Allan Armitage: Three Trends (Good And Bad) That Caught My Eye At Spring Trials
At California Spring Trials (CAST), I saw new shrubs, new perennials, and new annuals. I smiled as breeders spun yarns about their newest varieties and as brokers listened, nodding sagely, while wondering how they would ever sell such a thing. I noticed excitement, confidence, and incredulity.
I heard Sim McMurry, a California trials veteran, without embarrassment or apology, say, “I am always so excited being here. I never get tired or bored of seeing so many people be so excited.”
New never gets old for Sim.
And I heard my colleague Janeen Wright, who was attending her first spring trials, say, “I think I learned more about plants in one week than I did in four years of college.”
We need to always be pumped up by what we do and understand that excitement is contagious, as is lethargy.
As I made my way up the California coast, here are three things that were made abundantly clear to me
1. New Plants Will Never Stop Coming
“New” is our lifeline. We had better understand that newness is the horse under our saddle. If it stops moving, so do we.
Congratulations to all the breeders and staff who put such a show on. While we might catch ourselves saying “so what” about a new plant, it is essential to remember that new is an absolute necessity.
Let us all encourage curiosity, encourage risk, encourage gardenscaping, and always encourage new ideas from young people.
2. At Spring Trials, There Was A Dearth Of Young People
I suppose this is to be expected. Students are in school, and workers are working (Is there any worse month for having CAST than April?). However, I see the same lack of young people at trade shows and at lectures. At CAST, I talked to other horticulture professors concerned about the fall-off of horticulture majors.
We have always had a tough time recruiting people, but I don’t recall such a rapid and deep decline in young talent for some time. Just as I believe that without new plants we will do poorly, I know that without new people, we will die.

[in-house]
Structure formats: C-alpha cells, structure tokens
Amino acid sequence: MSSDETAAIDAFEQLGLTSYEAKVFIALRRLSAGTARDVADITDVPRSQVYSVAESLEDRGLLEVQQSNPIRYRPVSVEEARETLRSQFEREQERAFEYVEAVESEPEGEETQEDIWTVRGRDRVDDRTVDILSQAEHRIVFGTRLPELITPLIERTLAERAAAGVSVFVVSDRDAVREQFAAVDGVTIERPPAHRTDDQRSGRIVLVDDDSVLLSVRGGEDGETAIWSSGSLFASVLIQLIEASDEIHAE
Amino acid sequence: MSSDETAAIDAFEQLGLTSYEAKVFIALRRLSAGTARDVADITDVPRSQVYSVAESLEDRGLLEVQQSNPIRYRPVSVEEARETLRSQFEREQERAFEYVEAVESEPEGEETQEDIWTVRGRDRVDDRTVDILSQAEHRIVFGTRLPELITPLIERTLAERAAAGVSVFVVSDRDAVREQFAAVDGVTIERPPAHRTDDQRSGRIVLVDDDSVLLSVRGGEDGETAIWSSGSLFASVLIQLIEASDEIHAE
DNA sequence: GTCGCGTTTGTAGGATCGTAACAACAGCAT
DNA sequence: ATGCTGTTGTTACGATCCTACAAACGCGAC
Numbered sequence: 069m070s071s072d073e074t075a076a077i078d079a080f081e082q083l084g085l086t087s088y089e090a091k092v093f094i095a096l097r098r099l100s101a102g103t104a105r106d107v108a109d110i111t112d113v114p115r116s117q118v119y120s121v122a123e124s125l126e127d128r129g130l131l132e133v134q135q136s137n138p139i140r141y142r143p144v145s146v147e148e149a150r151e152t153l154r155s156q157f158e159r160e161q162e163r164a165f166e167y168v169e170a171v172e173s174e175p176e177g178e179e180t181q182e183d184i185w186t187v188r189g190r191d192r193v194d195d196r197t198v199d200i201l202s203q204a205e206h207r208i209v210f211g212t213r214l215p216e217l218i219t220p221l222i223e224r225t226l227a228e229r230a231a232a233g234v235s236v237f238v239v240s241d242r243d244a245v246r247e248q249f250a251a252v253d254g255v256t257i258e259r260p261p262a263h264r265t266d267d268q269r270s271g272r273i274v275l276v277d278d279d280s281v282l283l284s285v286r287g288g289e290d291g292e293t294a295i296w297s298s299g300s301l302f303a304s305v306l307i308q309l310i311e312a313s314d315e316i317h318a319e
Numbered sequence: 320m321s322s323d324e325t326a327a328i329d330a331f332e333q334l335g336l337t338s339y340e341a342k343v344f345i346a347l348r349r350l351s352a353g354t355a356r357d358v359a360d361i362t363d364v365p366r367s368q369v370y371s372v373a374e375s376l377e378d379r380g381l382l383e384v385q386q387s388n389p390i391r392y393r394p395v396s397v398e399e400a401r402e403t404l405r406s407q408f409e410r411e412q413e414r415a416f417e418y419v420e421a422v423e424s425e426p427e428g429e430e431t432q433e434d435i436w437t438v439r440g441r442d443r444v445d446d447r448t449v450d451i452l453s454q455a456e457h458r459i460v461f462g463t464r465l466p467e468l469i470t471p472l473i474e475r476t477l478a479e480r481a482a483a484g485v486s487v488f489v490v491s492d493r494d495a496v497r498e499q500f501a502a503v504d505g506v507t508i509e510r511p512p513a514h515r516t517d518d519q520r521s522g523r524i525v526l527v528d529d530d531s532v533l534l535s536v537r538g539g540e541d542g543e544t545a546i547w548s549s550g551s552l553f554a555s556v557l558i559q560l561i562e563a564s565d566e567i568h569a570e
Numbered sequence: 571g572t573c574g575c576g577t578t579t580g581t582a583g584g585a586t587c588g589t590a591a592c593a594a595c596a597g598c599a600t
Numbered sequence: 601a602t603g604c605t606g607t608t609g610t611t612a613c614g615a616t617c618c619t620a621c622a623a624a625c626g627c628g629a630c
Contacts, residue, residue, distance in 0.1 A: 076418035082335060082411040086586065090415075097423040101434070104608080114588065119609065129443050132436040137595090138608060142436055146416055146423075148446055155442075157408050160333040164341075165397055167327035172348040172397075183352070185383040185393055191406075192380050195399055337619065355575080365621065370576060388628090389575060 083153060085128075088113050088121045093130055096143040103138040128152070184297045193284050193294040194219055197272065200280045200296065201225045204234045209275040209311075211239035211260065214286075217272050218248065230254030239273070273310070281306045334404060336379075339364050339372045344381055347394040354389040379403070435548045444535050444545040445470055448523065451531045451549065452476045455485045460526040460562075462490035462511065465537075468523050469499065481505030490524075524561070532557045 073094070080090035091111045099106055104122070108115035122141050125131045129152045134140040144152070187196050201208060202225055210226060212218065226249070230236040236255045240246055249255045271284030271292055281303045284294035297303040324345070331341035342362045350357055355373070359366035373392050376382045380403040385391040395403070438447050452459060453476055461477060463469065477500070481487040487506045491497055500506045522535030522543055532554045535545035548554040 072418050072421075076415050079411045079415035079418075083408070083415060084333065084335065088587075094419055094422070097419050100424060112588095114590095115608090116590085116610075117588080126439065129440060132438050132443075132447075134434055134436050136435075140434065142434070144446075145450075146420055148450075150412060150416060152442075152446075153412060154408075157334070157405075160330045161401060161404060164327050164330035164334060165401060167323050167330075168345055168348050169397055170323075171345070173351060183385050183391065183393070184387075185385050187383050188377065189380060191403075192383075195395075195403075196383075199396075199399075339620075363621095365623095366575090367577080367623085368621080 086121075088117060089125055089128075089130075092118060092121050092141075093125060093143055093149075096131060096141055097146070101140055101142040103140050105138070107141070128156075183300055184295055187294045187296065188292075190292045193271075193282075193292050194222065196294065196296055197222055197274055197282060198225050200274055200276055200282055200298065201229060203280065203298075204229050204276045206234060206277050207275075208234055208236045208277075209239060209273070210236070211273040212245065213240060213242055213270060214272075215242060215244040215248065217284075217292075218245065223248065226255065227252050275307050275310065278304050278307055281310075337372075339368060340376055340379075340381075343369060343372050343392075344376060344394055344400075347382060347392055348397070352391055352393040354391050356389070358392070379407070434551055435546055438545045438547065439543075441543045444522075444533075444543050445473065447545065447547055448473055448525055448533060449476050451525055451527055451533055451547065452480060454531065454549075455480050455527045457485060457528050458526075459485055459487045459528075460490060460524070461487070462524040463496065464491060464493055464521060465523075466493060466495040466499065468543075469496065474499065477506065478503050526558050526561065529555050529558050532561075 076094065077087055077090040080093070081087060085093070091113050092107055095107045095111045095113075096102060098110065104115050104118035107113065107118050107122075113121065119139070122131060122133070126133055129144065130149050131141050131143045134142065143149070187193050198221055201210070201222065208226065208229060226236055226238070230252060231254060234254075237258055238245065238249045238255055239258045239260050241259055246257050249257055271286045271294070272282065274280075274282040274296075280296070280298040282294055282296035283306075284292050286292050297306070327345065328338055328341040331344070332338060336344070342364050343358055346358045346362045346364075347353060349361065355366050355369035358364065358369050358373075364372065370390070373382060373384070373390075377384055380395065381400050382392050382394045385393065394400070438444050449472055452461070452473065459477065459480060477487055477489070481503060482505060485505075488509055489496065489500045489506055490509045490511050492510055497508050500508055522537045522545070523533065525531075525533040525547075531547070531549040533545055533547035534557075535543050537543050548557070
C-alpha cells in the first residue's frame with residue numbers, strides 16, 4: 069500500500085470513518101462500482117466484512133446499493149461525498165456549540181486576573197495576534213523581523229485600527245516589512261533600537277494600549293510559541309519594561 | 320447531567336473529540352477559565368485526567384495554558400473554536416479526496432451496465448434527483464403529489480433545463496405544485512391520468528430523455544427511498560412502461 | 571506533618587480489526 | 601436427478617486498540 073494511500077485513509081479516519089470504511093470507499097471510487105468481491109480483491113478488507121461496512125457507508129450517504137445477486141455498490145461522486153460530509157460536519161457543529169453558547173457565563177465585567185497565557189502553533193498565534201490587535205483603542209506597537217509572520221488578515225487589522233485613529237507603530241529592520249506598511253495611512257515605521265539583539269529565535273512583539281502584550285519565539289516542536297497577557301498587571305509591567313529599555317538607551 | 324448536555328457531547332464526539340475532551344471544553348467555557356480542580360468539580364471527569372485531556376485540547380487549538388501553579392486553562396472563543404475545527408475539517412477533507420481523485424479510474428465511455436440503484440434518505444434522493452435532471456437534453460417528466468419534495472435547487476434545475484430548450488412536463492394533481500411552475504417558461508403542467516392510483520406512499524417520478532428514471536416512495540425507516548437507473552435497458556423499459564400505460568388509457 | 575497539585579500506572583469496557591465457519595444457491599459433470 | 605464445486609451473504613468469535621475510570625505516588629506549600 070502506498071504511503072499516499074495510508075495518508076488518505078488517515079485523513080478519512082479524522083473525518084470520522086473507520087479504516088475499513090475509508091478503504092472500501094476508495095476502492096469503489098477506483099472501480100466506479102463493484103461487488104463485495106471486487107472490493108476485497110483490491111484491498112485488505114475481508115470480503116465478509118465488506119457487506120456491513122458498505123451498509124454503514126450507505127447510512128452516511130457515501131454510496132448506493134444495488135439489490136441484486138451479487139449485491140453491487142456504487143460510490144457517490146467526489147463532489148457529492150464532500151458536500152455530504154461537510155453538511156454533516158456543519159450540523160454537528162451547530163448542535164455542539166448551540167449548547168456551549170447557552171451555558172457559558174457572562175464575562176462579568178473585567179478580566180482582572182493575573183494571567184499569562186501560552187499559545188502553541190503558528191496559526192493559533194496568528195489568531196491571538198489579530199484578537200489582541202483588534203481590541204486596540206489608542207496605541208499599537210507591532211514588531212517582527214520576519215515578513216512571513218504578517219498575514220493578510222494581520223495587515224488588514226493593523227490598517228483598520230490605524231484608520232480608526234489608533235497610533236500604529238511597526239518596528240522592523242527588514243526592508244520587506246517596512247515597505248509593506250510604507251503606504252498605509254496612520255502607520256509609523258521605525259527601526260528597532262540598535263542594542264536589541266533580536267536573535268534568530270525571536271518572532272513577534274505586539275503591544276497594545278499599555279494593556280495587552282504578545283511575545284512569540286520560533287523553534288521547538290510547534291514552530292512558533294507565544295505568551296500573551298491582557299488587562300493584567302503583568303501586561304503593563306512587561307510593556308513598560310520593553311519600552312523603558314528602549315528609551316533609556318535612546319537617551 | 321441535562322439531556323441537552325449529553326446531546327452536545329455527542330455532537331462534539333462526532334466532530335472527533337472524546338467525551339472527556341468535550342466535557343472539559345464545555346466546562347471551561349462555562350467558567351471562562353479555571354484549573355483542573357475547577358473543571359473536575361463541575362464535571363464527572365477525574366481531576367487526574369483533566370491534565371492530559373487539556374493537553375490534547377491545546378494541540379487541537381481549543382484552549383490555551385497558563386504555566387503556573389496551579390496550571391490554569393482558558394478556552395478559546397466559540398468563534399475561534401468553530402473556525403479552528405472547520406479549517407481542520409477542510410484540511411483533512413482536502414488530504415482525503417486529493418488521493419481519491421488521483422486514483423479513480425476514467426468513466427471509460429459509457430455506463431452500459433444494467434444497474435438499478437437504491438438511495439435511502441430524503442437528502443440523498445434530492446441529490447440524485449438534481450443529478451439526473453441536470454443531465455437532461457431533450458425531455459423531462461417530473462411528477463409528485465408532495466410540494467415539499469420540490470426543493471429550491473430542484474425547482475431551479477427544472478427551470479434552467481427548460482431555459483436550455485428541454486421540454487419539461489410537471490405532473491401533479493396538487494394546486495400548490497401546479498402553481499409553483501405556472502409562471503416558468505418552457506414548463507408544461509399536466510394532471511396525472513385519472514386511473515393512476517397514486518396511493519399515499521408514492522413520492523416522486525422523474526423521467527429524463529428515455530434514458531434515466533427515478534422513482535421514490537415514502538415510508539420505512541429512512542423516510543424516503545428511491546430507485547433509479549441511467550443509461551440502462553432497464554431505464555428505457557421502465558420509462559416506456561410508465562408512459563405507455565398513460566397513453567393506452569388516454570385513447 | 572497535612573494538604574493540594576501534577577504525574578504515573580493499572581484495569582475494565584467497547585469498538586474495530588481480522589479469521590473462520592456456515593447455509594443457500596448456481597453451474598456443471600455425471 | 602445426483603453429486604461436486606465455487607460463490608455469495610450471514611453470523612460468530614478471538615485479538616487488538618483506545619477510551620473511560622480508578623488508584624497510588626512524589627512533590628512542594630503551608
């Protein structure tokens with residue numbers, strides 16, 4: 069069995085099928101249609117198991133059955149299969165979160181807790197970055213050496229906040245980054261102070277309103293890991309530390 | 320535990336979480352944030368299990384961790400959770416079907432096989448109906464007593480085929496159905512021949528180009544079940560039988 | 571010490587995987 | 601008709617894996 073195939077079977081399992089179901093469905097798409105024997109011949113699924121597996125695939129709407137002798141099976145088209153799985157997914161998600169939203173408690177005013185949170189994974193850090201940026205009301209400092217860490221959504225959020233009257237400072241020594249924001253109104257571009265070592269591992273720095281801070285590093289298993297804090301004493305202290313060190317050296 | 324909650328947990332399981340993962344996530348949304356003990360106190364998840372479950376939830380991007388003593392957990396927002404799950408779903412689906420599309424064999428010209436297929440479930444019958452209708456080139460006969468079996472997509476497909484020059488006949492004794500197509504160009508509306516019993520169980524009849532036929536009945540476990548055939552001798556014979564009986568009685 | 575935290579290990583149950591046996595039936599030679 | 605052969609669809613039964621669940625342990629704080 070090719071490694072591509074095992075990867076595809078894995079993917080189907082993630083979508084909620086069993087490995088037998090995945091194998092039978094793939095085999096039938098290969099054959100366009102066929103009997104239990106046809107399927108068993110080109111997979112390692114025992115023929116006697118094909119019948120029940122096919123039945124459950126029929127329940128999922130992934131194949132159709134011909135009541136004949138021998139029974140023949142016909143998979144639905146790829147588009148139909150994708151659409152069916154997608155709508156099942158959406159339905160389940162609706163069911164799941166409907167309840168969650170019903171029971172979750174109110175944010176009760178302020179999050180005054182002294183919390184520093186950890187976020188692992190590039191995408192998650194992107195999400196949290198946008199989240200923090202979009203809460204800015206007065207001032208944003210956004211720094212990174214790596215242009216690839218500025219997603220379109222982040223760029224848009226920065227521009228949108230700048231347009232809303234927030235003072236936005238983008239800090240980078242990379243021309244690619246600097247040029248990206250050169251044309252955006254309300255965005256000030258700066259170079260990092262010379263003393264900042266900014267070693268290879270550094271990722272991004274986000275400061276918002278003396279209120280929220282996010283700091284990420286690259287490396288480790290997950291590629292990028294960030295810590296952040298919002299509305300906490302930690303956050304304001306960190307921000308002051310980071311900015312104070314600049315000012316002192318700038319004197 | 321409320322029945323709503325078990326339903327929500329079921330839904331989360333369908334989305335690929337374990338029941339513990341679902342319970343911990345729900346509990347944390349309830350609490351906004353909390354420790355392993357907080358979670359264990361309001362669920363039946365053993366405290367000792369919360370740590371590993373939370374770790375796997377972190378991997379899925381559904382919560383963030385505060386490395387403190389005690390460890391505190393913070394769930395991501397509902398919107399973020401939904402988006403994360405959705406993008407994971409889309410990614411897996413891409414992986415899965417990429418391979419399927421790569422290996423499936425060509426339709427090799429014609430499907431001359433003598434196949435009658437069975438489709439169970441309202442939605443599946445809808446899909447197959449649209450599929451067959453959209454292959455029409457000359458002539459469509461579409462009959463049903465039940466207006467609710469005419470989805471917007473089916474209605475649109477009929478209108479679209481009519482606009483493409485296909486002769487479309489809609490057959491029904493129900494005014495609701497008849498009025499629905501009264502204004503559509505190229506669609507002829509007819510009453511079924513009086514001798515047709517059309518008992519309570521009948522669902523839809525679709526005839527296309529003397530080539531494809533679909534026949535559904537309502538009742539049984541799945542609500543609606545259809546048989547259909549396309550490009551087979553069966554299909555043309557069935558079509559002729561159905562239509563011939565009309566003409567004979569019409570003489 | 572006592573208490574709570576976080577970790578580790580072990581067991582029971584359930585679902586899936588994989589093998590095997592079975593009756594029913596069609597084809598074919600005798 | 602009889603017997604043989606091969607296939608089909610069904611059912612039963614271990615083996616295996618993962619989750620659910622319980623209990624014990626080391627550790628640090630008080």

I can’t do anything about getting a student to attend a two- or four-year hort school, but I can do a little bit to inspire and encourage them. In that light, I have asked Greenhouse Grower magazine to work with me to support The Allan Armitage Spring Trials Scholarship. I want a young person to be as inspired as Sim and learn as much as Janeen every year. I want that student to come back so pumped up they are ready to take on the world.
I will do this by providing a chunk of money, being their mentor at CAST, and introducing them to the excitement and people responsible for making this such an exceptional industry. I hope everyone will support us on this.
3. Where Are The Emperor’s New Clothes?
While I can go on about the wonders and positives about what we do, I also see the warts. One of the biggest warts is only getting worse and is rather like the Emperor With No Clothes. As we all talk about the great new plants, as we look at last year’s intros and anticipate next year’s, the reality is that most of these new plants are almost impossible to find at retail outlets.
We parade our new plants like the Emperor’s fine clothes, but to most consumers, we are not wearing anything. Nothing gets to the consumer — certainly not with the plant names we are all seeing at the trials. I have asked and whined about the fact that the extraordinary wares we see in California never reach retail. I am tired of excuses.
If I hear one more broker saying they are too busy to learn about the new because the old sells well enough, I will go mad. If I have one more retailer tell me that consumers don’t care about the label and a 4-inch annual is just fine, I will stay in bed. If I hear one more retailer tell me they are too busy to get the newest varieties and display them well, I may spew my dinner. Enough! Everyone is busy! That is not a reason, but a lousy excuse.
I know it will likely not get better, but we must try. This is an industry-wide problem, and while I feel I am spitting in the wind, I will continue to do so. I do not know where the bottleneck occurs, from the grower, the broker, or the retailer, but I do know the best things I have seen over the last five years at CAST have barely trickled down to the consumer.
Let’s try to do better.